This all is the tip of the iceberg on what Egypt was and is doing to stop Ethiopia from developing the Nile waters.

No matter what Egypt does to disintegrate Ethiopia the source of the Nile will remain Ethiopian as long as the nation state world order continues.

Egyptian foreign policy is the most unwise and self defeating. Egypt dont need to make Ethiopia an enemy by attacking in every corner she got.

Egypt need to make a radical change in her apporoch to Ethiopia and ask forgiveness for her past evil.
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+1 #23 Girma 2017-12-04 06:19
Egypt should know that military action is not a viable option. If the GERD can be hit, so can your Aswan.

And that our Egyptian "African" friends will be more devastating to you than us for it be your own dam that will destroy everything from the dam to the delta.

Please come back to the negotiations with sane mind.
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+2 #24 Ben k 2017-12-04 06:33
Quoting Emil Elmanquabadi:
As an Egyptian we have 100 million almost population so the amount of water need it it’s more than any anther one and that has to be considered


Egyptian life doesn’t worth more than Ethiopian life or the rest of African countries. All human life worth the same. We all need water.
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0 #25 gwok 2017-12-04 10:12
Quoting rubangakene:
Blue Nile is the major source of the Nile water, notwithstanding any colonial agreement that was written to quench the British needs in Egypt.

Things have to change. When the Ethiopians starved to death in their millions, the Egyptians were supplying white cotton bed sheets to 5-star hotels worldwide and now they are supplying the supermarkets of Europe with fresh produce. and what do Ugandans get for their meagre White Nile contribution?

"Peanuts" in the form of military hardware and training. Who eats military hardware?


I agree, esecially regaring the Nile Water Agreement between the Brits and Egypt.

Like the Hong Kong - Brit one & the Buganda-Brit on earlier, the Water Agreement was PURE AIR aimed at getting the Brits out of their earler promises that they made to those subjects at the onset of their colonising them.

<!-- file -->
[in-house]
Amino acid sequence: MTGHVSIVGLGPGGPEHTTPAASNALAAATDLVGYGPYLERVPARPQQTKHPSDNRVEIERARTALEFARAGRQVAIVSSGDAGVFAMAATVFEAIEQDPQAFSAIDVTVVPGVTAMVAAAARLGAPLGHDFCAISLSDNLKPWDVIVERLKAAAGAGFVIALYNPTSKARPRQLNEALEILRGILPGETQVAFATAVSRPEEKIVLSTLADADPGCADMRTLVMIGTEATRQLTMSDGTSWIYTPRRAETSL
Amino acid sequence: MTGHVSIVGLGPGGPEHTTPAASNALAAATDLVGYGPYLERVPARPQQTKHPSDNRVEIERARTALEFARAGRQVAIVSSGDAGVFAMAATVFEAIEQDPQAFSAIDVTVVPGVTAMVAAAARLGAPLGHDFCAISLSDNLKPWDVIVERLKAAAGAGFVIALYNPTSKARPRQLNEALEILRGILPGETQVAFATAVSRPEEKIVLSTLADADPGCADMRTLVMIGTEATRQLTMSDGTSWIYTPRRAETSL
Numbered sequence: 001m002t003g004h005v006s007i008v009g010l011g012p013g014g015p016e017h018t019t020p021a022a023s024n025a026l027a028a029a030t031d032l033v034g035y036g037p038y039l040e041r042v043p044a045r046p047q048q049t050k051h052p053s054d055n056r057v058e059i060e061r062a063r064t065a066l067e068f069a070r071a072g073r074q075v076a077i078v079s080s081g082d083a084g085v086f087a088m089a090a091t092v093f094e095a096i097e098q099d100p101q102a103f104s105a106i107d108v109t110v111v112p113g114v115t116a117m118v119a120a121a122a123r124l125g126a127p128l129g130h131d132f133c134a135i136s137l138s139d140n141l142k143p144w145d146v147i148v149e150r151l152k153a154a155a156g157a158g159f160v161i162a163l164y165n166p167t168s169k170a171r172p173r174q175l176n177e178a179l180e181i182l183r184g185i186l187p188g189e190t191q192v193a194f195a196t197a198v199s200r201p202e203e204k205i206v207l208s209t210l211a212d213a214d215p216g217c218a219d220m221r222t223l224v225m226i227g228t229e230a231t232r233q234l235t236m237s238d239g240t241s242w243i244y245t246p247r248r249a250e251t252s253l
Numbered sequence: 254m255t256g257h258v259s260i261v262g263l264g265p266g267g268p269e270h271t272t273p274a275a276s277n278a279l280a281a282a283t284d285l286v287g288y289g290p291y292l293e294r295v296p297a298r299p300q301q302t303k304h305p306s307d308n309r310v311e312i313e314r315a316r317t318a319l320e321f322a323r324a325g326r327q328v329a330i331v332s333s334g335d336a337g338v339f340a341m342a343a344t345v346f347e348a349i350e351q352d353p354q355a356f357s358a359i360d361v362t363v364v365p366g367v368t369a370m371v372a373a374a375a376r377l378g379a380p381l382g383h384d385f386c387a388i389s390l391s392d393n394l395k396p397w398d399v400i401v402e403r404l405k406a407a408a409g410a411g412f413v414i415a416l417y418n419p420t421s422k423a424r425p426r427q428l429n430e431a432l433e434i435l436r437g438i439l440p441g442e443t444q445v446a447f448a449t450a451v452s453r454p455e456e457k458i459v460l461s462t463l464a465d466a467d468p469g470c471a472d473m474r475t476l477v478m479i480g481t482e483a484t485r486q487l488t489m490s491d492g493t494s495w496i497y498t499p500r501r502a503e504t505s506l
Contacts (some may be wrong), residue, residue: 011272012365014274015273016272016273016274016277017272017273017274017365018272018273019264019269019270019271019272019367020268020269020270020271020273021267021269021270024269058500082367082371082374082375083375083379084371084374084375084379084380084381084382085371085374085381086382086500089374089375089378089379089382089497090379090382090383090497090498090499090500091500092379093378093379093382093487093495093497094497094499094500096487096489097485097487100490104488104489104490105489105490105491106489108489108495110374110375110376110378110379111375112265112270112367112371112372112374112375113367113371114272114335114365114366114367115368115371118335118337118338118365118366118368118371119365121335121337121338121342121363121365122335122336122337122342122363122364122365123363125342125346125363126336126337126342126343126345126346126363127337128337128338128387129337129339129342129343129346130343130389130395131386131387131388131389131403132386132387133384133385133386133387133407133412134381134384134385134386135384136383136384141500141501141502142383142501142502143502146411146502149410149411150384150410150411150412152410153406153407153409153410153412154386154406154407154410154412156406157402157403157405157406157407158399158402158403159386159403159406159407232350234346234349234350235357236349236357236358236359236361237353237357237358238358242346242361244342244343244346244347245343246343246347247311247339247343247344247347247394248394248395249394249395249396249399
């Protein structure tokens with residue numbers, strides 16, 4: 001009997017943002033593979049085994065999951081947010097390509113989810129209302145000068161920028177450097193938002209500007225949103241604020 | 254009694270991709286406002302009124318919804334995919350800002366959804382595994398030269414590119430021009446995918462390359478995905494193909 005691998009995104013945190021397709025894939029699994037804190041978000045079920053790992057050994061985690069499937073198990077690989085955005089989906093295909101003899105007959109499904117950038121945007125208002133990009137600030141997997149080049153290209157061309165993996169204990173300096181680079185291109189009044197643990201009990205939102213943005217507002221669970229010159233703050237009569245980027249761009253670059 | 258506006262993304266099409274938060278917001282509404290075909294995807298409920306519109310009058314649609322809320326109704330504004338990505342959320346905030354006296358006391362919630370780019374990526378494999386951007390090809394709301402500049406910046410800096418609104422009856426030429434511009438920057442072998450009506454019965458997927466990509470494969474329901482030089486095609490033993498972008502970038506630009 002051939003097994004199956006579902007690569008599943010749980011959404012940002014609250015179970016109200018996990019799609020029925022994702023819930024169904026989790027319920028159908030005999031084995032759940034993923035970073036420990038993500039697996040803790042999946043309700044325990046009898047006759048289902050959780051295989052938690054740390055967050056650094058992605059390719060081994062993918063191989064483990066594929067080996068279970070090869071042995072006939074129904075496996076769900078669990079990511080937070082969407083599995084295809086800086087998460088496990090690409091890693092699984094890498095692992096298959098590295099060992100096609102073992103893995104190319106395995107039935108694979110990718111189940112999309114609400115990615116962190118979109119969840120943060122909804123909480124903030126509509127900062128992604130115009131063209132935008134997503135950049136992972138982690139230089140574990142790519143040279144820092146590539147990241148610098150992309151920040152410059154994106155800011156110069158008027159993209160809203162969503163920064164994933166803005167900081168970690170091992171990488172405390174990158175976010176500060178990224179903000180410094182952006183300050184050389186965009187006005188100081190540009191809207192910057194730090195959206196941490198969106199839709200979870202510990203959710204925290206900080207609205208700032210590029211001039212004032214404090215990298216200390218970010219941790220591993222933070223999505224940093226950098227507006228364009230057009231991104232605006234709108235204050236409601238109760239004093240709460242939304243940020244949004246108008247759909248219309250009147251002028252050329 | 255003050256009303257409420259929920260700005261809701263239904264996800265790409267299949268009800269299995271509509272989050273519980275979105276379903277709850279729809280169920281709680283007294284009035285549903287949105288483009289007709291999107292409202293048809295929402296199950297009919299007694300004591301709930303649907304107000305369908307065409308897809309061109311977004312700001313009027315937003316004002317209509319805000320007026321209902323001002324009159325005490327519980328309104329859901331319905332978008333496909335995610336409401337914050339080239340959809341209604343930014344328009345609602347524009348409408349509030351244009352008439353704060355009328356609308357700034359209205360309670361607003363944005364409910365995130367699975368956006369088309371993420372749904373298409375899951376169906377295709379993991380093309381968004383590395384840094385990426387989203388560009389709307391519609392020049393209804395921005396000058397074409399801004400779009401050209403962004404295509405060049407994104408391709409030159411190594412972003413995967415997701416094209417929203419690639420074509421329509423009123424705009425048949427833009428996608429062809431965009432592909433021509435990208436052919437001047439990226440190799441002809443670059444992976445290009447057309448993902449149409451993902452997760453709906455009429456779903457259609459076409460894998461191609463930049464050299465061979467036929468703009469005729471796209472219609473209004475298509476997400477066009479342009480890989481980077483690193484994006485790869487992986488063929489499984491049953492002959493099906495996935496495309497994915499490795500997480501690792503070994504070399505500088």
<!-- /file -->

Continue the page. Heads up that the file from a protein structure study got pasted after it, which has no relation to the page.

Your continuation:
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+1 #26 Abalang 2017-12-04 10:12
Quoting Emil Elmanquabadi:
As an Egyptian we have 100 million almost population so the amount of water need it it’s more than any anther one and that has to be considered


What about the billions of other African country populations? Have you taken that into consideration?

The British may have left the rest of the Nile Basin countries in a calculated mess, but that does not mean that it should not be corrected.

Your country cannot take the largest share of the Nile water way above and beyond the water needs of the countries from which the Nile originates.

You have the whole Red Sea and the Mediterranean Ocean at your disposal--you can complement the likely deficit with that.
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-2 #27 Younis 2017-12-04 14:52
The guidelines for posting a comment indicate a "no abuse" policy, whereas I spotted a couple of hatred comments against Egypt.

"Recent calls for studies to find out the potential effects of the Renaissance Dam have yielded no results as Sudan, Ethiopia and Egypt have failed to agree on which consultancy firm should do the job."

I'd be glad to receive references from the editor supporting this statement. Most academic studies I read investigating the issue anticipate potentially negative downstream impacts on water supply particularly during the filling.

The question is how to minimize the negative impacts, which is a key point in the declaration of principles signed by the leadership of the three countries in 2015.

Another side note: the 1959 treaty is definitely not a colonial treaty. It was made between the republic of Egypt, led by president Nasser, and Sudan after after independence.
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+1 #28 Ben K 2017-12-04 19:54
Quoting Younis:

Another side note: the 1959 treaty is definitely not a colonial treaty. It was made between the republic of Egypt, led by president Nasser, and Sudan after after independence.

[quote name="Younis"]

So, if Sudan and Egypt signed the agreement, what got to do with the rest of the Nile basin countries and Ethiopia.

Now, Ethiopia and the rest of the Nile countries except Egypt and Sudan signed the same agreement to share and use the Nile water in 2010.
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0 #29 zizu 2017-12-06 03:26
we Ethiopian are disparity need this project for rejection for poverty .

the Egypt govt don't want to blind our success bur as citcives